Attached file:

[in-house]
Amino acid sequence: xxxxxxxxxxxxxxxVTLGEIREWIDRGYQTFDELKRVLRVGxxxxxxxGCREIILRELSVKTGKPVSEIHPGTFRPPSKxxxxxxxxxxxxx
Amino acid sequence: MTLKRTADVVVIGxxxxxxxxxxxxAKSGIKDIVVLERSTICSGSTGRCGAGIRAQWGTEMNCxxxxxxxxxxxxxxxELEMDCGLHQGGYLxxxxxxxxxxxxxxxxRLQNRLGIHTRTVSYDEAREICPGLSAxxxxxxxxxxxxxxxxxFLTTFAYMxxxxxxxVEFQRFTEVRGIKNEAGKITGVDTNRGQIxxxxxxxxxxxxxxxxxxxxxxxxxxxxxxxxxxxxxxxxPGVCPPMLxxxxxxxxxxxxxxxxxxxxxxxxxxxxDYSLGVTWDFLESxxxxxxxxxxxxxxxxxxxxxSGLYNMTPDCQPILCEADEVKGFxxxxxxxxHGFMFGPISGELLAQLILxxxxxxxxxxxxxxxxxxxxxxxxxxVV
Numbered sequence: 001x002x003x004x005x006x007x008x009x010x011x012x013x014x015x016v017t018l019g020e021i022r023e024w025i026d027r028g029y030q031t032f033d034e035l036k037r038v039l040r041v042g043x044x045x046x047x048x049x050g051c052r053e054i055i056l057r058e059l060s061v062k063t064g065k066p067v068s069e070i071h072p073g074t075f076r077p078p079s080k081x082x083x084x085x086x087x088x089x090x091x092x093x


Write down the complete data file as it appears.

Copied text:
[in-house]
Amino acid sequence: xxxxxxxxxxxxxxxVTLGEIREWIDRGYQTFDELKRVLRVGxxxxxxxGCREIILRELSVKTGKPVSEIHPGTFRPPSKxxxxxxxxxxxxx
Amino acid sequence: MTLKRTADVVVIGxxxxxxxxxxxxAKSGIKDIVVLERSTICSGSTGRCGAGIRAQWGTEMNCxxxxxxxxxxxxxxxELEMDCGLHQGGYLxxxxxxxxxxxxxxxxRLQNRLGIHTRTVSYDEAREICPGLSAxxxxxxxxxxxxxxxxxFLTTFAYMxxxxxxxVEFQRFTEVRGIKNEAGKITGVDTNRGQIxxxxxxxxxxxxxxxxxxxxxxxxxxxxxxxxxxxxxxxxPGVCPPMLxxxxxxxxxxxxxxxxxxxxxxxxxxxxDYSLGVTWDFLESxxxxxxxxxxxxxxxxxxxxxSGLYNMTPDCQPILCEADEVKGFxxxxxxxxHGFMFGPISGELLAQLILxxxxxxxxxxxxxxxxxxxxxxxxxxVV
Numbered sequence: 001x002x003x004x005x006x007x008x009x010x011x012x013x014x015x016v017t018l019g020e021i022r023e024w025i026d027r028g029y030q031t032f033d034e035l036k037r038v039l040r041v042g043x044x045x046x047x048x049x050g051c052r053e054i055i056l057r058e059l060s061v062k063t064g065k066p067v068s069e070i071h072p073g074t075f076r077p078p079s080k081x082x083x084x085x086x087x088x089x090x091x092x093x